Orthodoxy Is . . .

The Orthodox Church is:

  • the oldest Church in the world, although many Americans are unfamiliar with it.
  • One, Holy, Catholic, and Apostolic, having an unbroken tradition from Jesus Christ and the Apostles to today.
  • the Church of many of history’s greatest theologians, scholars and writers — people like John Chrysostom, Jerome, Basil the Great, John of Damascus, Dostoyevsky and Alexander Solzhenitsyn.
  • sometimes referred to by any number of its “ethnic” titles such as Greek, Russian, Serbian, Syrian, Romanian, Bulgarian, etc.
  • often known as “The Church of the Martyrs,” so high is the commitment of many Orthodox Christians to Christ and His Church. In the twentieth century alone, more than 20 million Orthodox Christians have given their lives for their faith, primarily under communism.  Orthodox Christians continue to suffer persecution in the Middle East to this day.

A Brief History Lesson

Orthodox literally means “true worship” or “true belief,” and is a name that describes nearly all of Christianity in the first ten centuries of Church history. We are Orthodox because we subscribe to the Orthodox teachings defined in the Bible, the Seven Ecumenical Councils, and the writings of the Early Church Fathers. Our basic statement of faith is the Nicene Creed, and the Bible plays a prominent role in our worship, beliefs and piety.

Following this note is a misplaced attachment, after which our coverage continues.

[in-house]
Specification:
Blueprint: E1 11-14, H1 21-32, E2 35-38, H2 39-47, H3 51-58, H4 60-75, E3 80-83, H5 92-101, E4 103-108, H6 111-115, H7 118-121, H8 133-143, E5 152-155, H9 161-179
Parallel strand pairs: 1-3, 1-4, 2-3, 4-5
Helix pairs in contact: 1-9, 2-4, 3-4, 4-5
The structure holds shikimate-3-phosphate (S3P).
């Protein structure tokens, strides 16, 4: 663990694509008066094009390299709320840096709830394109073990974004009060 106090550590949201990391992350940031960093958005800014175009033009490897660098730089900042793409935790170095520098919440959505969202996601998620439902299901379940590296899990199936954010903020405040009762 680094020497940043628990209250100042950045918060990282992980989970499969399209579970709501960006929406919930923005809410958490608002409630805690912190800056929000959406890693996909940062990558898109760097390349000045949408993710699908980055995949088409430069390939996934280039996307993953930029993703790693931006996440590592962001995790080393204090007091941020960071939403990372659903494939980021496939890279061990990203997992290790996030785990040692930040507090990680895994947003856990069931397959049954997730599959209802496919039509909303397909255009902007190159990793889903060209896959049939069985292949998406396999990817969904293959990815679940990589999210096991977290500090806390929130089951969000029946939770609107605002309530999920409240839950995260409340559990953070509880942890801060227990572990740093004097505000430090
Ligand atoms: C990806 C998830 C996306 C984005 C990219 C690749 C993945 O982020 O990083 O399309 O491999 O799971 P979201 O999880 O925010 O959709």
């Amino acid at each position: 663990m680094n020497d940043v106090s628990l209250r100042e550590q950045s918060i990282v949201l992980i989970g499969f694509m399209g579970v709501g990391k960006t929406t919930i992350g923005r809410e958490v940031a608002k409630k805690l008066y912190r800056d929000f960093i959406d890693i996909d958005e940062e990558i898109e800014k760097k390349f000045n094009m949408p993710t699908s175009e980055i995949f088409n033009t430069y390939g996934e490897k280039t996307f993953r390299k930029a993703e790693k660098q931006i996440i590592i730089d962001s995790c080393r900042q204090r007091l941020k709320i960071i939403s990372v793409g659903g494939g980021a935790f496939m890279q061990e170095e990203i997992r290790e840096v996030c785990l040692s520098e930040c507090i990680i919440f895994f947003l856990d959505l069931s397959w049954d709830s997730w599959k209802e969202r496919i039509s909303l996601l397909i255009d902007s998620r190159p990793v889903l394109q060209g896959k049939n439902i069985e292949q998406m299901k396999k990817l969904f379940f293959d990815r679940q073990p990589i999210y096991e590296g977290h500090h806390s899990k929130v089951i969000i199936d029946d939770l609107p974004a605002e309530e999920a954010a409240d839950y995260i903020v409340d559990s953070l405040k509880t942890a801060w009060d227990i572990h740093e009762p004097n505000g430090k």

The Orthodox Church is the first Christian church, the Church founded by the Lord Jesus Christ and described in the pages of the New Testament. She is the only Christian church whose history can be traced in unbroken continuity all the way back to Christ and His Twelve Apostles.

Incredible as it seems, for nineteen and a half centuries, she has continued in her undiminished and unaltered faith and practice. Today her Apostolic doctrine, worship and structure remain intact. We worship using liturgies over 1500 years old and hymns of similar ancient origin.  The Orthodox Church maintains that the Church is the living body of Jesus Christ.

Many are surprised to learn that for the first 1,000 years of Christian history the Eastern and Western Churches were united in one conciliar body of bishops sharing the same faith. It was in the eleventh century that a disastrous split occurred, resulting in the Western Church under the Pope of Rome separating itself from the Orthodox Church. The Pope sought to establish himself over all of Christendom and finally succeeded in the West. But the rest of the Church emphatically rejected this innovation, as the tradition of the Church has always held that there is no “universal head” apart from Jesus Christ himself.

But What is the Real Difference?

One writer has compared Orthodoxy to the faith of Rome and Protestantism in this basic fashion:

“Orthodoxy has maintained the New Testament and Early Church tradition, whereas Rome has often added to it and Protestantism subtracted from it.”

Throughout the centuries, the Orthodox Church has steadfastly maintained the Apostolic faith “once for all delivered to the saints.”

She understands the clergy as servants of Christ and His people – not a special privileged class. She has preserved the Apostles’ doctrine of the return of Christ at the end of the age and of the last judgment and eternal life. She continues to encourage her people to grow in Christ through union with Him. In a word, Orthodox Christianity simply does not change!